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Jul 23, 2009 10:12 AM

Chef's knife and Slicer - hollow ground or no?

What are the advantages/disadvantages of hollow-ground blades on chef's knives or slicers?

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  1. i've used both and i haven't noticed that the hollow ground knives stick less

    1 Reply
    1. re: chuckl

      Thanks for the response. Do the dimples cause any problems that a regular chefs knife wouldnt? Even though you don't really see them as an asset, are they ever a hinderance?

    2. I have been toying with investing in a Japanese brand of dimpled knife, Glestain. You can find them on the and Korin. These have so many dimples that I have to believe that potatoes and the like will just fall off them rather than stick. The one hollow ground I do have now is a Shun Classic nine inch slicer, but I don't really thinking sticking is an issue when carving a ham. It doesn't really seem to make a difference, but then again there is only a single row of hollow dimples (compared to Glestain) and I'm not cutting potatoes with it.

      2 Replies
      1. re: RGC1982

        I have a Glestain santoku knife with those huge dimples covering the whole blade. They really do work. It's my "go to" knife for slicing potatoes and onions.

        1. re: tanuki soup

          I am happy to hear that they work. I do find sticking potato slices to be annoying while prepping for dinner. The Glestain seems to have a ton of deeper dimples.

      2. Not to be too pedantic, but hollow grinding is a method of forming an edge that leaves the bevel slightly concave. It's good for straight razors, not chef's knives. Grantons, on the other hand, are the little dimples that are supposed to break the surface tension between the food and the knife, thus reducing sticking.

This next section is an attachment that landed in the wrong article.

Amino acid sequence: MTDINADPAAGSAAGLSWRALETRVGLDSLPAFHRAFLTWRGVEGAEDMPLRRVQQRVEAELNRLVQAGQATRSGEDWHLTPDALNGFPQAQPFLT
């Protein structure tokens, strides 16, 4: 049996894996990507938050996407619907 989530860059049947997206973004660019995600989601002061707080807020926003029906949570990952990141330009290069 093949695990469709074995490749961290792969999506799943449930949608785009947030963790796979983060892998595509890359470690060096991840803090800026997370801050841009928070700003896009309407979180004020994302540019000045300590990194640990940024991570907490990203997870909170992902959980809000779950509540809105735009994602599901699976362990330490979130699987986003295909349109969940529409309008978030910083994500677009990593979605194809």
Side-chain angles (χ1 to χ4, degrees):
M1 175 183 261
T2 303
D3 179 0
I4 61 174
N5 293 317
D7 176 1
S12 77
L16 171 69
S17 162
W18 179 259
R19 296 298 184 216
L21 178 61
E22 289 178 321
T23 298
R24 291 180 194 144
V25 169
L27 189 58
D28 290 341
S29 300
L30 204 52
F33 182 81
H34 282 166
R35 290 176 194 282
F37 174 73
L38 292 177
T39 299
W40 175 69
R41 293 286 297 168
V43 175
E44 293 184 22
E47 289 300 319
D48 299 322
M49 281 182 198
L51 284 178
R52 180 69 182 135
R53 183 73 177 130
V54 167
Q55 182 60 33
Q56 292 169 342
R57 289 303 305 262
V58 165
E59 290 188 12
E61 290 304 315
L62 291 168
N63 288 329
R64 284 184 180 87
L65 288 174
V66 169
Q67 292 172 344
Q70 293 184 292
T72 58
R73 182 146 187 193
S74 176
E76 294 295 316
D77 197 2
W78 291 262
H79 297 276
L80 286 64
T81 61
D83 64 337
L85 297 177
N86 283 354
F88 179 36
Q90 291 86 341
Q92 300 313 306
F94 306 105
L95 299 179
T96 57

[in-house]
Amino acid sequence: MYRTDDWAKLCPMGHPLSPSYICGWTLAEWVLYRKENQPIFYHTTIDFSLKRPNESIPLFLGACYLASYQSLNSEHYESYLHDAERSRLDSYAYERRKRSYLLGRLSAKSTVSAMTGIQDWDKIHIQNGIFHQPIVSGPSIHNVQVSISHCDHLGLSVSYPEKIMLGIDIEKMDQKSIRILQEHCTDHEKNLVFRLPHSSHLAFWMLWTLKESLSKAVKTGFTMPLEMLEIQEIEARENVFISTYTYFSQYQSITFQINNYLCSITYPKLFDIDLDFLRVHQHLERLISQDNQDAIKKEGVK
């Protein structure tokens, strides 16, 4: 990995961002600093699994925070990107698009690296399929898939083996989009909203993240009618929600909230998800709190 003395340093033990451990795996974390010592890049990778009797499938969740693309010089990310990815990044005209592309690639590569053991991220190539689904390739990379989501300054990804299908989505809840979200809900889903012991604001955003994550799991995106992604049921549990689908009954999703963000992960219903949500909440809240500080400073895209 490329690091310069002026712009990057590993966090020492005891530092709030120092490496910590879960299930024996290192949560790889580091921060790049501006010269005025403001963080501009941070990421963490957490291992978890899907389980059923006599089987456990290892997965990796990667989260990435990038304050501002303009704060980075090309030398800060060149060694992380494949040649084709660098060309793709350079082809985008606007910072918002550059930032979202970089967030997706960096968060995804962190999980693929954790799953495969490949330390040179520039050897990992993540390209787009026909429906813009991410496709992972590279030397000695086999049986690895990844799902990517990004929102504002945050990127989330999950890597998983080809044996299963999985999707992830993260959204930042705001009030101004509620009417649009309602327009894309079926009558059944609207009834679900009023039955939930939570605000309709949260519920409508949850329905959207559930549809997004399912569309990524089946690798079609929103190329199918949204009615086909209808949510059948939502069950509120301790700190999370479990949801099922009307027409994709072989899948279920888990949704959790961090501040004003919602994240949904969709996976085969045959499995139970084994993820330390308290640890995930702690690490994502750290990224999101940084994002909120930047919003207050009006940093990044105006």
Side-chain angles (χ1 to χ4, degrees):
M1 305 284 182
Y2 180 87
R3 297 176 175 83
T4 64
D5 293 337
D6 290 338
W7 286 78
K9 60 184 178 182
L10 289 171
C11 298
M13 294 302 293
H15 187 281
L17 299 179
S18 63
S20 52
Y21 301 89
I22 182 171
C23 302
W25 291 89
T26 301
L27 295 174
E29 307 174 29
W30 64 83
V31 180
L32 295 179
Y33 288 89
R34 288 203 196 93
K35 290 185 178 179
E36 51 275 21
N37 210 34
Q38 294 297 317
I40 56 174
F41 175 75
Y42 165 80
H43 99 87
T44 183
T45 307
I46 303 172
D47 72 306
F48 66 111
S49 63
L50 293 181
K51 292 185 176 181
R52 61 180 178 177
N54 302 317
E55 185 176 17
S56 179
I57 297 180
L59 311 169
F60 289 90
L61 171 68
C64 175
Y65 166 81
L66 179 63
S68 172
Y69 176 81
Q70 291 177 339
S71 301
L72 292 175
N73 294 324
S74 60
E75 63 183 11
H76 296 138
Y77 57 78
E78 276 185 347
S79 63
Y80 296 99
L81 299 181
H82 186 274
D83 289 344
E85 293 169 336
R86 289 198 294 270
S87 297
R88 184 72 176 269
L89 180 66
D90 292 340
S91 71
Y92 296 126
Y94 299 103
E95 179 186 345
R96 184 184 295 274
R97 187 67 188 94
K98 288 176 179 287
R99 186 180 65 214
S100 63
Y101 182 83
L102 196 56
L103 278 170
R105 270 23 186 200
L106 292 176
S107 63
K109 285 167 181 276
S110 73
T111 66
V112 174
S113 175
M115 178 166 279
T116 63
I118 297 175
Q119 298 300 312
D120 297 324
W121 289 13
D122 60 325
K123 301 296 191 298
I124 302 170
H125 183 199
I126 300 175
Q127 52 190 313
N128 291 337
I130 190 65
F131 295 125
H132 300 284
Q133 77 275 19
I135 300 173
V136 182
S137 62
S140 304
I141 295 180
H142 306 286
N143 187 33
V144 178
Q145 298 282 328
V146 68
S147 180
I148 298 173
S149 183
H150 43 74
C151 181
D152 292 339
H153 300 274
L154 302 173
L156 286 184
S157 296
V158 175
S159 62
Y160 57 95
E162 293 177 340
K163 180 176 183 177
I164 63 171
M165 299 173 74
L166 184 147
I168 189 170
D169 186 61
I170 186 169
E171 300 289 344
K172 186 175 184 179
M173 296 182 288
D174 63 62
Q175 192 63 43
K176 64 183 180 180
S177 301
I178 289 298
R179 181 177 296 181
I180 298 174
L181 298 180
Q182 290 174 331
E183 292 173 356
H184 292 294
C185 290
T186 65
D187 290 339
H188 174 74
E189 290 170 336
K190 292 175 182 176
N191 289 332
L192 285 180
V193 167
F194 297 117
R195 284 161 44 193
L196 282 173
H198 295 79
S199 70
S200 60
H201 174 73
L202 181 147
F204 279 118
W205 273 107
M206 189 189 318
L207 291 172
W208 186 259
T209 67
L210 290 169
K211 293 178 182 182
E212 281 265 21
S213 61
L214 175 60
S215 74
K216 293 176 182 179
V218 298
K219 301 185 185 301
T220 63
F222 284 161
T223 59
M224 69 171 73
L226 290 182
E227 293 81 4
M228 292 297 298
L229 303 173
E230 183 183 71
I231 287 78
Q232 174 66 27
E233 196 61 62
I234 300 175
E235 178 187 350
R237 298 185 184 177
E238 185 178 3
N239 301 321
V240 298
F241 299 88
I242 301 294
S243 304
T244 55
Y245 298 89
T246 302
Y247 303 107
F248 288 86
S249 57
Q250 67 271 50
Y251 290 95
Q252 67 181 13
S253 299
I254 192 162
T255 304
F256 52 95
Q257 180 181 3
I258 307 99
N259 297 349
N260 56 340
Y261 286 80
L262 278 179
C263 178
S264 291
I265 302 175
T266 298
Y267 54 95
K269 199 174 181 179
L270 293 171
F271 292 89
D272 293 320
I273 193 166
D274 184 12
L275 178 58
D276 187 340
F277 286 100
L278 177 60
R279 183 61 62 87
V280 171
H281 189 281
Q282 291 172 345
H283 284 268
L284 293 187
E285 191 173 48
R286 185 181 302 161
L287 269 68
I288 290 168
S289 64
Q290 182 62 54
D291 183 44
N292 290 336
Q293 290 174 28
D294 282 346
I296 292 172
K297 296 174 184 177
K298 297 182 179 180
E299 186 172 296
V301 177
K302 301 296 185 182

In my experience, most granton blades don't work particularly well. The dimples are too small, too far apart, and too far from the edge to provide much in the way of an advantage. The Glestain slicer rocks, though. I've used one and I covet it.

        The disadvantage is that after years of use and repeated sharpenings, the bevel will get into the grantons and the knife will have to be replaced.

        3 Replies
        1. re: alanbarnes

          So, to make sure that I am using the correct terms:

          The Shun 9" Classic Slicer is not "hollow ground" (which is what they called it in the store), but a "Granton"?

          The Glesain text simply mentions "Dimples" -- probably because they are in more than one row.

          1. re: RGC1982

            That is correct. I did a Google search to come up with an good diagram of a hollow-ground blade. It's on the top left of the attached image. Here's more info; look under the section titled "Edge":

            But Google also revealed that while knife geeks and custom bladesmiths consistently use the term correctly, many mass-market manufacturers (including Shun) misuse "hollow ground" to describe a dimpled blade. <rant on> With so many perfectly good words to use (Granton, scalloped, dimpled, Kullenschliff, etc.), why do they have to pick a knife-related word that means something else entirely? <rant off>

            ETA: Great. Chowhound doesn't like images that aren't square, and you can't edit a post to change a picture. Double-click it and you can see the whole thing.

            1. re: alanbarnes

              Thanks -- I couldn't get the picture to open, but the explanation is clear.

              At least Misono and Glestain call them "dimples". I can only guess that their customers demand more precision in their descriptions.

        2. I have a regular Henckel 10" chefs knife, and a Henkel 8" with a scalloped blade. I prefer the smaller one all around, but does it stick less? Like to cheese? Not in a noticable way, but I suppose having a bit of air between the food and the blade would make less friction.